“Silence will save me from being wrong (and foolish), but it will also deprive me of the possibility of being right.” -- Igor Stravinsky
Except investment banks have been doing pretty badly over the past five (unstable) years.Speculation-based trading is one segment of their market-making department, which is one single department of any investment bank.Investment banks largely earn their revenues from underwriting IPOs, helping stabilize IPO prices with a stabilizing mechanism, and arbitrating negotiations between merging companies. These are activities that directly channel funds to the real economy, rather than just shift funds between financial assets. So they are very vulnerable to the state of the real economy.The last time I checked Goldman Sach's financial statements, I saw that their revenue breakdown was 40% deal-making, 40% wealth management advisory, and only 20% trading in the markets.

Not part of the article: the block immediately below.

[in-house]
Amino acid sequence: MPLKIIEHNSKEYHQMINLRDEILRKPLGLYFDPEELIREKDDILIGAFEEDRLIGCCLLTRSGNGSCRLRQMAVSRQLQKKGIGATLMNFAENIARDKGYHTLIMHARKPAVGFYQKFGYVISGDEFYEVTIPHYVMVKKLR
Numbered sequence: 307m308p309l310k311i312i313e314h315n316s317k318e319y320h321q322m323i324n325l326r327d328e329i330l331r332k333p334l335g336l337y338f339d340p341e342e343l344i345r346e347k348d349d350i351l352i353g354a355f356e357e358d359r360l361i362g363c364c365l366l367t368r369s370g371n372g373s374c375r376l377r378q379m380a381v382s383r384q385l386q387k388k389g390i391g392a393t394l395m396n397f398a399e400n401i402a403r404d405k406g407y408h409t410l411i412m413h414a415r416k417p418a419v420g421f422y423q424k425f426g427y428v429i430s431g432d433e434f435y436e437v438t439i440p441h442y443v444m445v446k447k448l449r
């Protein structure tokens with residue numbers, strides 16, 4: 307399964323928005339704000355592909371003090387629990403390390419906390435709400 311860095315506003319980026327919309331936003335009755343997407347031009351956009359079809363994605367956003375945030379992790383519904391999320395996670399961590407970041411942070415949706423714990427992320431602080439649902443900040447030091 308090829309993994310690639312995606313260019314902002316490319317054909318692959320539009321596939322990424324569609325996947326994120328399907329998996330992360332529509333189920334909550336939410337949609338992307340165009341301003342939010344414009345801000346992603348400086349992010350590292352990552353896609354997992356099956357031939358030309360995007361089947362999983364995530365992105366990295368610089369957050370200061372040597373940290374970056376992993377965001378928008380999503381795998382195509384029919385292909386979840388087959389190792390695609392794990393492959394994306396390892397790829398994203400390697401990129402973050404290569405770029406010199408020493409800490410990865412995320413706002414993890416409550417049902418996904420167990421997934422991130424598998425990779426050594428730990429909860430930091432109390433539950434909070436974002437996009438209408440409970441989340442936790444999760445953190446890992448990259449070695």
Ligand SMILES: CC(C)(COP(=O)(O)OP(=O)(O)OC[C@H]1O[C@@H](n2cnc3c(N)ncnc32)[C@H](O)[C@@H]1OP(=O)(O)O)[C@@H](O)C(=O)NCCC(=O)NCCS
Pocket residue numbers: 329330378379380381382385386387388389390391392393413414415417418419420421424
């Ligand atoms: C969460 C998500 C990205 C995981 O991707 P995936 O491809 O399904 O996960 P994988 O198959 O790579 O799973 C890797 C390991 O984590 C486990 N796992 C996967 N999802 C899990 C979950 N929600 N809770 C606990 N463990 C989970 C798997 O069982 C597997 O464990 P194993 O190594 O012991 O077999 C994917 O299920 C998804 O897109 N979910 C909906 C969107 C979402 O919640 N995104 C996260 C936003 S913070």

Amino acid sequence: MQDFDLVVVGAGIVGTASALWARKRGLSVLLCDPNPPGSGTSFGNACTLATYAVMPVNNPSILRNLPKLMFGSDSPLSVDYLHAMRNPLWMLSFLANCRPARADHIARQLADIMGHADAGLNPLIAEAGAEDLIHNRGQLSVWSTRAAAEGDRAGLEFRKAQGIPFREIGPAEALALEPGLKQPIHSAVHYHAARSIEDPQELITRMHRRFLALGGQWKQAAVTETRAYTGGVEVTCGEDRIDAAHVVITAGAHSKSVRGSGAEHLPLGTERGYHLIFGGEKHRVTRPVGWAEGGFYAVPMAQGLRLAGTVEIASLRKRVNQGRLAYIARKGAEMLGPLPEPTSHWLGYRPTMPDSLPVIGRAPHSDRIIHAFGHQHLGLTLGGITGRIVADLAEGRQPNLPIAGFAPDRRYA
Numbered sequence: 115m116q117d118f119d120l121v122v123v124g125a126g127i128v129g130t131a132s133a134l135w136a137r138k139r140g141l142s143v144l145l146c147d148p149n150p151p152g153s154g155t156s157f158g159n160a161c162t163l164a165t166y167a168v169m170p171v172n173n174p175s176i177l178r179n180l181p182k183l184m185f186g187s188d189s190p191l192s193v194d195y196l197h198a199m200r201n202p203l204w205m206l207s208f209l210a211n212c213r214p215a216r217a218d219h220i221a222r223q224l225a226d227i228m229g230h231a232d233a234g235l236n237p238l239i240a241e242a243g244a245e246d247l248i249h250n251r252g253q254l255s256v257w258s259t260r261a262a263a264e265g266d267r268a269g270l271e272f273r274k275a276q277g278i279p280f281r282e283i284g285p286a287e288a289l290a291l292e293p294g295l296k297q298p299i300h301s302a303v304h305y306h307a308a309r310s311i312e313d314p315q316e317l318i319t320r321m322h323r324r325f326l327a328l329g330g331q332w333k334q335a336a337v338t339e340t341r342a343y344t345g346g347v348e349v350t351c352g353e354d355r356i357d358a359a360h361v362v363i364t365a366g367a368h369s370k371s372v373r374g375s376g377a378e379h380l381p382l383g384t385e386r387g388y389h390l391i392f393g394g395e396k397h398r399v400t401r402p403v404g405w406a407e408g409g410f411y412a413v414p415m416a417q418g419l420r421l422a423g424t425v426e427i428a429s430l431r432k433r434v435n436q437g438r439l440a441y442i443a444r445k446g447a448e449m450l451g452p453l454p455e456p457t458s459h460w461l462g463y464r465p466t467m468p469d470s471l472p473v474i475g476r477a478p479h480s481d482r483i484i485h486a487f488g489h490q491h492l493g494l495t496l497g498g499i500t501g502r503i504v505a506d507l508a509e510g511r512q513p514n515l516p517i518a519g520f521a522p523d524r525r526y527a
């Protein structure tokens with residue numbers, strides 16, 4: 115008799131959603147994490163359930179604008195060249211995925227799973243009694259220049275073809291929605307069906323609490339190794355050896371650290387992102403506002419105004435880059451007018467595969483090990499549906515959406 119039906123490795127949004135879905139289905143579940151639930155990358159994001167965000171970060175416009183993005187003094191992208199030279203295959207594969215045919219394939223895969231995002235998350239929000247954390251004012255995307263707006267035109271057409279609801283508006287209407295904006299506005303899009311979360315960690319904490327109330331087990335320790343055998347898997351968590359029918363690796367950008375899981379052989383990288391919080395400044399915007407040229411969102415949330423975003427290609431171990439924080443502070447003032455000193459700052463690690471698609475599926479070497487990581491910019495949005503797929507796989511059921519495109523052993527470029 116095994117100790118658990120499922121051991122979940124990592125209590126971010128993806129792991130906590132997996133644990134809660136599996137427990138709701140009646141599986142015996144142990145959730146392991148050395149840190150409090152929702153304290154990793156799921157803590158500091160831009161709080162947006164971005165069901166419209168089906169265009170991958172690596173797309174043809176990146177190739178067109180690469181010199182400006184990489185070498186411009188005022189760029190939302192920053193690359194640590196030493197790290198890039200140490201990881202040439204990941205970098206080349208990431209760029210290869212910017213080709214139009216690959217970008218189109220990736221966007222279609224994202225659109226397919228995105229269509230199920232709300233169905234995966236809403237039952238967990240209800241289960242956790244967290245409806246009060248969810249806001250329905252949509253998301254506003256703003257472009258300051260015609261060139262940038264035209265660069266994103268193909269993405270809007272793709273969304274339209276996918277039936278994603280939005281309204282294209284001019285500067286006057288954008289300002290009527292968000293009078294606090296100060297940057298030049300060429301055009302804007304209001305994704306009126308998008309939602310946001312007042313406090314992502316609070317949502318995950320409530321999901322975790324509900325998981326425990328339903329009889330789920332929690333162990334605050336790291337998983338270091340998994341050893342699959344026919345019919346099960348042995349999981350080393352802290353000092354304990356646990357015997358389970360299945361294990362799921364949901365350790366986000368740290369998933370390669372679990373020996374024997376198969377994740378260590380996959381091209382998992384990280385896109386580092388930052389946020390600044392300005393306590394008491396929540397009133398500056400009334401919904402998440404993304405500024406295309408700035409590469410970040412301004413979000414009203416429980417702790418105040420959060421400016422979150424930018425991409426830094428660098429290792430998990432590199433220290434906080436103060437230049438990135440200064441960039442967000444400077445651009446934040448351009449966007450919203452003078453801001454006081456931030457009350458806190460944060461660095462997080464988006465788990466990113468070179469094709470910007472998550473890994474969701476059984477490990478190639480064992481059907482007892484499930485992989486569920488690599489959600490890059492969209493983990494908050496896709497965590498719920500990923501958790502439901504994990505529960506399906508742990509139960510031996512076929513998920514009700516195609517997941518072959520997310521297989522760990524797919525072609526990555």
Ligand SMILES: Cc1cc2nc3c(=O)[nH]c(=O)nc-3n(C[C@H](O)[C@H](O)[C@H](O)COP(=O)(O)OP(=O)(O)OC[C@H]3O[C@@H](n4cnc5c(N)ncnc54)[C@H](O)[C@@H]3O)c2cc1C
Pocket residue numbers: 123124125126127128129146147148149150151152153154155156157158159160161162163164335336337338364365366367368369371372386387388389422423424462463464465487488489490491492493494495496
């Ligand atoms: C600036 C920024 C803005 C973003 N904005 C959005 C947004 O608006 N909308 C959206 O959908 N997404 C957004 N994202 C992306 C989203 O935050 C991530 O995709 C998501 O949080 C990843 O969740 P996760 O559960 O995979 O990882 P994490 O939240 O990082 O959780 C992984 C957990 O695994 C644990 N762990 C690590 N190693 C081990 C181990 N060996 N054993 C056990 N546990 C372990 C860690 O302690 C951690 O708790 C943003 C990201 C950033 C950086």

I agree with Prateek. Read the comic "Alex" in the UK Daily Telegraph more often :)Also, who's to say that they know better how to speculate in unusual conditions than in usual ones? It's a myth the speculators can simply make more money from large price swings (it's intermediators who can do that). Speculators have to know which way things are going to go, and why should they know more during a boom or bust than in any other time.The best argument would be that intermediators have an interest in price swings. But Investment Banks do much more than that.
You are both wrong, wrong, wrong! A few bad years does not mean the overall cycle is not good for them.I've spent two decades around investment banks in one way or another: they thrive off of the cycle!